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Use of Random Sampling.

Comparing Species Diversity in Rainforest and Grassland.

In order to carry out this exercise we will use quadrats to carry out random samples within an area of mature rainforest and an area of grassland.

Rainforest trees are clearly different in size from grassland plants. Therefore while a standard 1m square quadrat works well in the grassland, our rainforest quadrat should be a little bigger.  One method is to use a tape measure to define a circular quadrat of 30m2 This has a radius of 3m.

Identifying random sites.  In both rainforest and grassland we can operate within an area 100 m long by 20 m wide to the right of the path. Using a random number generator to generate 2 sets of numbers, we can identify sample points. The first set of numbers, between 0 and 100 gives us the distance along the path, the second set of numbers between 1 and 20, gives us the perpendicular distance to the right of the path.

How many sites?

We have to survey enough sites to make the effect of random variations insignificant. Each group should survey 1 rainforest site in each habitat and 2 grassland sites. you need to establish

A)How many different species are present and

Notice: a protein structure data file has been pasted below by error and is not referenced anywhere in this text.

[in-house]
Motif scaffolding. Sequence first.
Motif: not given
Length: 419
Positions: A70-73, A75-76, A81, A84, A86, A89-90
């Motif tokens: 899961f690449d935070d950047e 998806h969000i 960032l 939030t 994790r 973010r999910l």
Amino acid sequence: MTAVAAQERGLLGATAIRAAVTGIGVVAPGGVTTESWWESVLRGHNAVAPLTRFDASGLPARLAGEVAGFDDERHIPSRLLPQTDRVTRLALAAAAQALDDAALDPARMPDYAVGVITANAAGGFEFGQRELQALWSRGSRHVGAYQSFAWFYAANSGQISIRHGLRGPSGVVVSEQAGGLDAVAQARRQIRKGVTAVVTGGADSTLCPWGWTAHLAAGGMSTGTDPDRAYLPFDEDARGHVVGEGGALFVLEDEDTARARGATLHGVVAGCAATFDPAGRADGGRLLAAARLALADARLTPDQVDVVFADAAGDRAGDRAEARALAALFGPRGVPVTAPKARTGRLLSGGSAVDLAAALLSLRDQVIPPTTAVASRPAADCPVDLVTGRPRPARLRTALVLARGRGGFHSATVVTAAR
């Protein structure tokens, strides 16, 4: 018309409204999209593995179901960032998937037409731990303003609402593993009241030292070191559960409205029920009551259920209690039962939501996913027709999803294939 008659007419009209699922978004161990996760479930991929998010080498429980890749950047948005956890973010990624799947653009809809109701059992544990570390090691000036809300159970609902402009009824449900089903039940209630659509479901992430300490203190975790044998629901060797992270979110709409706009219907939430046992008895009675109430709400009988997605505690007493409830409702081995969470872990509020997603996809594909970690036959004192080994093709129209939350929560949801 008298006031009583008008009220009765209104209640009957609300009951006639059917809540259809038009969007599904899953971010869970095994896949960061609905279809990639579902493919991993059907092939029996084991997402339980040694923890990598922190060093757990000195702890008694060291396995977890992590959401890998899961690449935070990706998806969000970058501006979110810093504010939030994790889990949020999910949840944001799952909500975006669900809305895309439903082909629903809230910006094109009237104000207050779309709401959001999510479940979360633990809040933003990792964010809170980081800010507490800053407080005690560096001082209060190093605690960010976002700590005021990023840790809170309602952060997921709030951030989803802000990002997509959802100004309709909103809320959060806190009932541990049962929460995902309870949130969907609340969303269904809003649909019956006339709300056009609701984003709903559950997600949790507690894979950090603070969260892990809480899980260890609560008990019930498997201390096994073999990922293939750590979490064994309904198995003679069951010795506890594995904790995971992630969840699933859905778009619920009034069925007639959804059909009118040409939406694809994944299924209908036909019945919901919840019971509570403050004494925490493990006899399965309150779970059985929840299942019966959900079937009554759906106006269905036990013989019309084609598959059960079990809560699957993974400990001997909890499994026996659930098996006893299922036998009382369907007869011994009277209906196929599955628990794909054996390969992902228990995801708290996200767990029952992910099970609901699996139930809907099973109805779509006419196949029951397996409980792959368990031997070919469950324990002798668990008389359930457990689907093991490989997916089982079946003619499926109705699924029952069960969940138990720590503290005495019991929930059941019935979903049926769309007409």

B) how many individual plants of each species.

Remember it is not necessary to identify species, but you will have to be careful, particularly in the rain forest, to avoid counting saplings and the same mature trees as different species, and to try to work out how many plants there really are when dealing with plants like vines which have multiple stems widely spread out.

To quantify diversity we can use the Simpson Index of Diversity.

There are various versions of the formula and of the index but we can use this one;


Where n is the number of organisms of a particular species and N is the total number of organisms of all species - 


The possible values are between 1 (infinite diversity) and 0 (only one species present)

We do not need to identify the species, just recognize different species of plants and count them.

Results table headings;

  • species (if unidentified use tree 1/ vine 6/ herbaceous plant 4/ epiphyte 2/ grass 3 etc.)

  • Number (n) (of that particular species)

  • n(n-1) for the formula



Use the random number generator to choose locations for your sampling like this;

  1. generate a random number between 1 and 50. This will be the distance from the marked start point along the path. You can measure it in PACES.

  2. generate a second random number between 1 and 20. This will be the distance in paces at right angles to the path.

  3. toss a coin to decide right or left off the path.

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